We think this has gone too far. Witness the corruption of our democracy by money and greed, the depletion of our natural resources, the poisoning of people and planet, and the vulgar inequality driven by capitalism run amok and rudderless. These are the real risks to the future of investing and the economy.
The world of business and finance has generally been unappreciative of feminine traits, and many women and men have suppressed these aspects of themselves in an effort to conform to the dominant culture. Furthermore, women are often stereotyped in ways that are simplistic, judgmental, and demeaning. What if we could snap our fingers and instantly transform these stereotypes of women into positive character traits of value and power? What if women’s ways were the ways of business and investing? We wonder what would happen if the prudent woman stepped in.
Let us be clear: we are not talking about how women can conform to the current world of investing, nor are we promoting gender lens investing. We are talking about the unmitigated feminine—unharnessed, unjudged, and unconstrained. In a system that is so heavily skewed toward the masculine, we think a shift toward the feminine—by women and men alike—would be healthy and prudent.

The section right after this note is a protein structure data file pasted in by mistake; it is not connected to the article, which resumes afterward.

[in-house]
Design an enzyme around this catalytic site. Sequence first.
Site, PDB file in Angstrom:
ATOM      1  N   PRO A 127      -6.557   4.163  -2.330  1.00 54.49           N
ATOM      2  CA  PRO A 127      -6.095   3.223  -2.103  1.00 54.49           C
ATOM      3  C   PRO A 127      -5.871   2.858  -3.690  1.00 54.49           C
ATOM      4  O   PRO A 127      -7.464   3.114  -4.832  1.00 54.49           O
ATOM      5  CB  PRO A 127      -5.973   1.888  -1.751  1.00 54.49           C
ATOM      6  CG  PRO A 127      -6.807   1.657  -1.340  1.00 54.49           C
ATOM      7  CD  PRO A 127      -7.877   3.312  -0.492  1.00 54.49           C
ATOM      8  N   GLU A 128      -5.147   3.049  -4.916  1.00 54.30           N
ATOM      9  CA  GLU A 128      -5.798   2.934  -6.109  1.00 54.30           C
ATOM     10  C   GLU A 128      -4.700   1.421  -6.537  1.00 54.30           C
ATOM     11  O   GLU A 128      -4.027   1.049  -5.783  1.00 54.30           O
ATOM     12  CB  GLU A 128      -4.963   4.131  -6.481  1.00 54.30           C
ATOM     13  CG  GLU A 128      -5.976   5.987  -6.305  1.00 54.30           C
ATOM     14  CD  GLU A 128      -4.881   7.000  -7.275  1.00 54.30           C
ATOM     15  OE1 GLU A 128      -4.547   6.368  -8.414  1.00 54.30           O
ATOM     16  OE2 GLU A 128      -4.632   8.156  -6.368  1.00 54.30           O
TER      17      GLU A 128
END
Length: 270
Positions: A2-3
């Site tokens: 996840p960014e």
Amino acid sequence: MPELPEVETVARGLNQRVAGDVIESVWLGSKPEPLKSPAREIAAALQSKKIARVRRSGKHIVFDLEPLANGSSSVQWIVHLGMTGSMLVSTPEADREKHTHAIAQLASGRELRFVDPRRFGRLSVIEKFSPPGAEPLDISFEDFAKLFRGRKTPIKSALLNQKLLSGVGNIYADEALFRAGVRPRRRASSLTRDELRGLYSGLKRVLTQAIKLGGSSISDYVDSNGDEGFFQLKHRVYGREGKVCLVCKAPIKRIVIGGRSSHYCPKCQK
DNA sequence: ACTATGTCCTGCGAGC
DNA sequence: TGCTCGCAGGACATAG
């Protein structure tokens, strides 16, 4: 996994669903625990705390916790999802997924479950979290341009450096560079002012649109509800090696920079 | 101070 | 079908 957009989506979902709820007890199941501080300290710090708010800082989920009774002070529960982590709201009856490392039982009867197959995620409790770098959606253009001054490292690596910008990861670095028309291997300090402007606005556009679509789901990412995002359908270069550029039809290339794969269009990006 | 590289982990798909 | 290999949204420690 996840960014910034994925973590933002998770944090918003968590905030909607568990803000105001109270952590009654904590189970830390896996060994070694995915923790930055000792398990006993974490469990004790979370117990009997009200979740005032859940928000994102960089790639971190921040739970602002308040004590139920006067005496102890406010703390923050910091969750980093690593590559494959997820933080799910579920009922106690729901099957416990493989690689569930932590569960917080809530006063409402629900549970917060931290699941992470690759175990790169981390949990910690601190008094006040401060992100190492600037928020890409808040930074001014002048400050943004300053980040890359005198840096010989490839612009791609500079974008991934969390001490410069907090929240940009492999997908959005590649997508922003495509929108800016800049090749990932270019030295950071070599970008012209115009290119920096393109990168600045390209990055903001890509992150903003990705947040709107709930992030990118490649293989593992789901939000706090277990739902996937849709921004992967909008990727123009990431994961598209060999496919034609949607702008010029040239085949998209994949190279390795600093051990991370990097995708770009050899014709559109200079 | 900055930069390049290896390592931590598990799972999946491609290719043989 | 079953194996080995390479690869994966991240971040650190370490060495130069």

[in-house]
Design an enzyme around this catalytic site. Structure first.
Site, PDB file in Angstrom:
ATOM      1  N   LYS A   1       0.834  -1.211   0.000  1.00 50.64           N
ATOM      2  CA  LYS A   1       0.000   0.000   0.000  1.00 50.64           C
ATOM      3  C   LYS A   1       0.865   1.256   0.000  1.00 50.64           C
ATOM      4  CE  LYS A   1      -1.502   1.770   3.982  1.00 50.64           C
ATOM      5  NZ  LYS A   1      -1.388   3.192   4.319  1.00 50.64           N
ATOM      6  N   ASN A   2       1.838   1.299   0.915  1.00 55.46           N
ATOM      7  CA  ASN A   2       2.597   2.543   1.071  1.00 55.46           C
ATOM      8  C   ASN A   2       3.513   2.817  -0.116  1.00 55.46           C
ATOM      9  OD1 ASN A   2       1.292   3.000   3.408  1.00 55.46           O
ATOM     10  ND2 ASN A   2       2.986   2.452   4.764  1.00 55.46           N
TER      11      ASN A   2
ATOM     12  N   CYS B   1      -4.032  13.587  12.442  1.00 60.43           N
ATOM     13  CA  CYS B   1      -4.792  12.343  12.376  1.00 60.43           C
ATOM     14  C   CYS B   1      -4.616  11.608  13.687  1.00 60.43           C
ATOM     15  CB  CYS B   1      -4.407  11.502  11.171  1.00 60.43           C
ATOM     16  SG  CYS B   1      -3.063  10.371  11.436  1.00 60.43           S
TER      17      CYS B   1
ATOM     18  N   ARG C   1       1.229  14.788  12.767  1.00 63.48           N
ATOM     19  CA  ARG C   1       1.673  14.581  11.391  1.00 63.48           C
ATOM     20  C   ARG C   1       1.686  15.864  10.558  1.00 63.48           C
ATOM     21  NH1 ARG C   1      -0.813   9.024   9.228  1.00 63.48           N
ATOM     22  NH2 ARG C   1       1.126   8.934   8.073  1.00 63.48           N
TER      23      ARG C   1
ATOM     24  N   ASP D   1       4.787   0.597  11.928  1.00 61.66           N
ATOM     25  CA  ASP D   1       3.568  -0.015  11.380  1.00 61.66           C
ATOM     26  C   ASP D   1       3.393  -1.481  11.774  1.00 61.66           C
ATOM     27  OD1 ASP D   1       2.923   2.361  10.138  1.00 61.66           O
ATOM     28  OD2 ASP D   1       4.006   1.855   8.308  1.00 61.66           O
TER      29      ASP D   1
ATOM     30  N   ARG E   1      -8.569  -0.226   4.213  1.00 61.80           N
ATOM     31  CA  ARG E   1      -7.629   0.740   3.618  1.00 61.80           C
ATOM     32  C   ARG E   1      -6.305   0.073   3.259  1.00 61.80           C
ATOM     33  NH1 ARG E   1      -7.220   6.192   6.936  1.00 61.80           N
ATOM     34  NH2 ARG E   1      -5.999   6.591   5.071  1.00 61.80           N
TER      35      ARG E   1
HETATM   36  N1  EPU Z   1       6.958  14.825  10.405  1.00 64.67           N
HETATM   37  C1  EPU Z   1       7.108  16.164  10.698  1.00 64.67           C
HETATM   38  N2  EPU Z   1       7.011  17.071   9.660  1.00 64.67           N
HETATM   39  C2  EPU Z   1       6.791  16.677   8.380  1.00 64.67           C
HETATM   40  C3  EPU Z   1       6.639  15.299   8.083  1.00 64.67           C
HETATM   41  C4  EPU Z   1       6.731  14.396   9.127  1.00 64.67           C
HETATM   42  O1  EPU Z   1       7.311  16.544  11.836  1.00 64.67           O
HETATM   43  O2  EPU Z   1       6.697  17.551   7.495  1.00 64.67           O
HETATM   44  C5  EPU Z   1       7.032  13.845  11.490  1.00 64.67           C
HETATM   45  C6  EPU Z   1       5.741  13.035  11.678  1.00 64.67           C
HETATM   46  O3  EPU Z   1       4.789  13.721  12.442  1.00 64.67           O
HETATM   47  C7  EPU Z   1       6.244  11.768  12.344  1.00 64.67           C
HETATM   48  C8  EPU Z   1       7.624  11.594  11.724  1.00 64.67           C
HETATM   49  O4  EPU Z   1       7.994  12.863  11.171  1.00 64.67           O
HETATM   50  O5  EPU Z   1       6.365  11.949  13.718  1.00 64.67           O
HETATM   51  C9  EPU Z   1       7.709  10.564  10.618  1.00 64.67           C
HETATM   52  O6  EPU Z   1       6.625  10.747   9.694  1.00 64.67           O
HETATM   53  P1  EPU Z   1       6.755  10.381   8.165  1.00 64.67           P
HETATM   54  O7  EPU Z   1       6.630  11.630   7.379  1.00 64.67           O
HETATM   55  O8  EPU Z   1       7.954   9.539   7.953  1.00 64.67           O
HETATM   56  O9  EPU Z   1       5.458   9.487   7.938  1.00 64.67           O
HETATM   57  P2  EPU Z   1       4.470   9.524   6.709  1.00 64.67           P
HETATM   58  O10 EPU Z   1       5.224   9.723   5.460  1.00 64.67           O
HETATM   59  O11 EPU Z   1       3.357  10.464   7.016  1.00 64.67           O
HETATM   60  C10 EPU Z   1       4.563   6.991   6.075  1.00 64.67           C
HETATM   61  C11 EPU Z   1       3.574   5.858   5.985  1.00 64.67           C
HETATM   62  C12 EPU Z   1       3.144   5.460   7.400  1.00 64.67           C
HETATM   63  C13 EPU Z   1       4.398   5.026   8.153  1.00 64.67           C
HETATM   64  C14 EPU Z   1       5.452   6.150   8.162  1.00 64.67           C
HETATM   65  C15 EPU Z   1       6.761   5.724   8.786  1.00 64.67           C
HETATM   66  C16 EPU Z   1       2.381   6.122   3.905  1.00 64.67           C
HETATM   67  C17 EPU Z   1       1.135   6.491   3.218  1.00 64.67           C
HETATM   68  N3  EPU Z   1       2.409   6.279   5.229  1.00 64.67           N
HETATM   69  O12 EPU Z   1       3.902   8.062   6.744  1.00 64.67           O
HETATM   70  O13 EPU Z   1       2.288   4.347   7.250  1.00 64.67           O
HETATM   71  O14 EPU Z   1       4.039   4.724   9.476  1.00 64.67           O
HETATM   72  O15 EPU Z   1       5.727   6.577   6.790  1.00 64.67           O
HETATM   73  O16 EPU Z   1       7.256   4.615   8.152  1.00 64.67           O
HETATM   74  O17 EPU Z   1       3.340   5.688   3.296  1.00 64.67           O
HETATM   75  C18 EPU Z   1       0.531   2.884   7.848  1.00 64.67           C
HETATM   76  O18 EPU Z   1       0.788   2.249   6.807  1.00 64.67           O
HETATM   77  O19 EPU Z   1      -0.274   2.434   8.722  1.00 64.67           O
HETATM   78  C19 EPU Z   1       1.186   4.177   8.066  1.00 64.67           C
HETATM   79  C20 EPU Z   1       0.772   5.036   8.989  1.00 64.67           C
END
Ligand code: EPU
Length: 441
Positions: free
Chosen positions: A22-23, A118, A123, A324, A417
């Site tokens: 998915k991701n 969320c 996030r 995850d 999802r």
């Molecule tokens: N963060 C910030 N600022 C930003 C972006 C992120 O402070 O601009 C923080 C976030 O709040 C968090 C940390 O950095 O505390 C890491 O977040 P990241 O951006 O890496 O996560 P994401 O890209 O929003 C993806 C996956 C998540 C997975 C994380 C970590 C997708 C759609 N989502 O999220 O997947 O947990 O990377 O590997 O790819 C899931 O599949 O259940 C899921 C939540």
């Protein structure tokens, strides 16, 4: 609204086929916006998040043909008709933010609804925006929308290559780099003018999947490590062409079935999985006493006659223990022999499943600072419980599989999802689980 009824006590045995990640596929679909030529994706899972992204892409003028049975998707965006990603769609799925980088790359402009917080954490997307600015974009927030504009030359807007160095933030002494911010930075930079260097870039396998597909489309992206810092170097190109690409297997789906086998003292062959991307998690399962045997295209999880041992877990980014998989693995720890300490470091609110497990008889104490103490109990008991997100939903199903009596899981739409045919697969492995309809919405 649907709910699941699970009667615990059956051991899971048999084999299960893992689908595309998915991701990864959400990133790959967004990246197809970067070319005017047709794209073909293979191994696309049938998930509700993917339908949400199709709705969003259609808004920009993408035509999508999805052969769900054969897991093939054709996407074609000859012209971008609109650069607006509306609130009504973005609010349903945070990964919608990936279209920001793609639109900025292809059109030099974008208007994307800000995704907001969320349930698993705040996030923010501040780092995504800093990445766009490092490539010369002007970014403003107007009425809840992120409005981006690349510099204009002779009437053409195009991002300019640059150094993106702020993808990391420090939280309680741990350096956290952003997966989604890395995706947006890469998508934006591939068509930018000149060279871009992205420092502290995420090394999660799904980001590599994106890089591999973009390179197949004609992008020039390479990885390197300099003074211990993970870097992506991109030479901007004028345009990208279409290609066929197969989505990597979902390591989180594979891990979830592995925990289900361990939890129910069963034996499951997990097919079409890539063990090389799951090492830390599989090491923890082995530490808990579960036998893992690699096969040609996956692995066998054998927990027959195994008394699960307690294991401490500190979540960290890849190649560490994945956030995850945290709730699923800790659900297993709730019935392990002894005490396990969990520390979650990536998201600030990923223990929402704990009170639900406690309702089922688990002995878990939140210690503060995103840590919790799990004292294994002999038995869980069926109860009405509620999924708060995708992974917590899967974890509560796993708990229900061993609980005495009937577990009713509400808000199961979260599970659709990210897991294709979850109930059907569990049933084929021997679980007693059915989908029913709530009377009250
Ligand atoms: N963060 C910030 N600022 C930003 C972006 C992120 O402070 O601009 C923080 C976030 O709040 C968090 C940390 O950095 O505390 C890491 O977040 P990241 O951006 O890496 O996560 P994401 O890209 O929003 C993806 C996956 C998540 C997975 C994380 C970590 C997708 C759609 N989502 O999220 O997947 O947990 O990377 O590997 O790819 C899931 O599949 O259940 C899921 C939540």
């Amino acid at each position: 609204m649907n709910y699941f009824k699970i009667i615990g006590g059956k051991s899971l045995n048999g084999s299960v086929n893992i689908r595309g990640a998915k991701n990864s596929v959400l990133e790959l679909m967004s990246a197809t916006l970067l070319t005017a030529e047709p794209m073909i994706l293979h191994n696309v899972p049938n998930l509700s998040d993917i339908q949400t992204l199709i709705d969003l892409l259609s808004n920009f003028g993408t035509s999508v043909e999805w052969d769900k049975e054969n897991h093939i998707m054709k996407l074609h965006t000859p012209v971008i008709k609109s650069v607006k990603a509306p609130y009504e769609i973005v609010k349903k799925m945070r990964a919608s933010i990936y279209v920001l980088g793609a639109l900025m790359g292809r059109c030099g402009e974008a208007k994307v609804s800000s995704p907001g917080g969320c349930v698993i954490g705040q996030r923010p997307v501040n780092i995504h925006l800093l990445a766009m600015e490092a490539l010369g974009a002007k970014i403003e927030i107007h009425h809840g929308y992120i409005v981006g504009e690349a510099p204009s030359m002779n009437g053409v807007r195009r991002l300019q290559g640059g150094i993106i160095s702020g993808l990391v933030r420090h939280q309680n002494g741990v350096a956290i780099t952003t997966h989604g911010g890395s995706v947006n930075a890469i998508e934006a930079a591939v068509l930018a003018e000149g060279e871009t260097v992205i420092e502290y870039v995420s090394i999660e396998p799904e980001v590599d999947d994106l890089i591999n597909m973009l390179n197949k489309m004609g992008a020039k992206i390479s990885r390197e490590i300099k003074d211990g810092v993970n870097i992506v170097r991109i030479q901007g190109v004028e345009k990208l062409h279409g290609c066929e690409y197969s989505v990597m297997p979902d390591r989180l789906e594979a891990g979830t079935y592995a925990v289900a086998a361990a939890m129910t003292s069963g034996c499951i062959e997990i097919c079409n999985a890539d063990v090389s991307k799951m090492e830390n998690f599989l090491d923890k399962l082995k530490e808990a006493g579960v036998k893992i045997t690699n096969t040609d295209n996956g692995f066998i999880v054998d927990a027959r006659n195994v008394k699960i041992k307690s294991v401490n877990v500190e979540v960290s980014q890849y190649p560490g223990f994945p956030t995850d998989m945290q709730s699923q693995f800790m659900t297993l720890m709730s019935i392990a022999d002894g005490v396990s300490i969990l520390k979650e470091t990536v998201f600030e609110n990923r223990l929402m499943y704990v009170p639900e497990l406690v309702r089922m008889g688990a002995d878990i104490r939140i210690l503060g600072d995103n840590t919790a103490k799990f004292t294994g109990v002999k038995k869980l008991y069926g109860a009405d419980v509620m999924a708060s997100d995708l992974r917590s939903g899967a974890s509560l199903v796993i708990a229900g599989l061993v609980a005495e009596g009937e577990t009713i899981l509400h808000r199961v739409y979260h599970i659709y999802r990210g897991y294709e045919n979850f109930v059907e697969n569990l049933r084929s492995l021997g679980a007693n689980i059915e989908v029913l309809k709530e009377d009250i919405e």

We offer below our take on what it might mean to work with an investment framework that is founded on feminine traits. We have used research into cultural stereotypes and generalizations regarding what is “feminine” and what is “masculine” as a foundation. We recognize and appreciate that these are stereotypes. Feminine traits are, of course, not limited to women just as masculine traits are not limited to men.
To start, let’s look at some of the key character traits that are typically ascribed to men and women. The following information was compiled from studying 64,000 people and published in The Athena Doctrine.²
From these traits, we can envision an alternative, feminine way of thinking about economics:
Economics is a human construct that is as fluid as human behavior, not a science that operates by certain fixed and “natural” laws.
We can live in an economic matriarchy based on trust, collaboration, and connection, not an economic patriarchy that thrives on competition, fear, and marginalization of the other.
Small is beautiful, and growth is not necessarily good or proof of success and worth.
Modern Portfolio Theory is only as real as its underlying assumptions, which are merely assumptions, not facts, that have been constructed to make the theory work. We should directly challenge the belief that MPT is real and grounded in mathematics and certainty.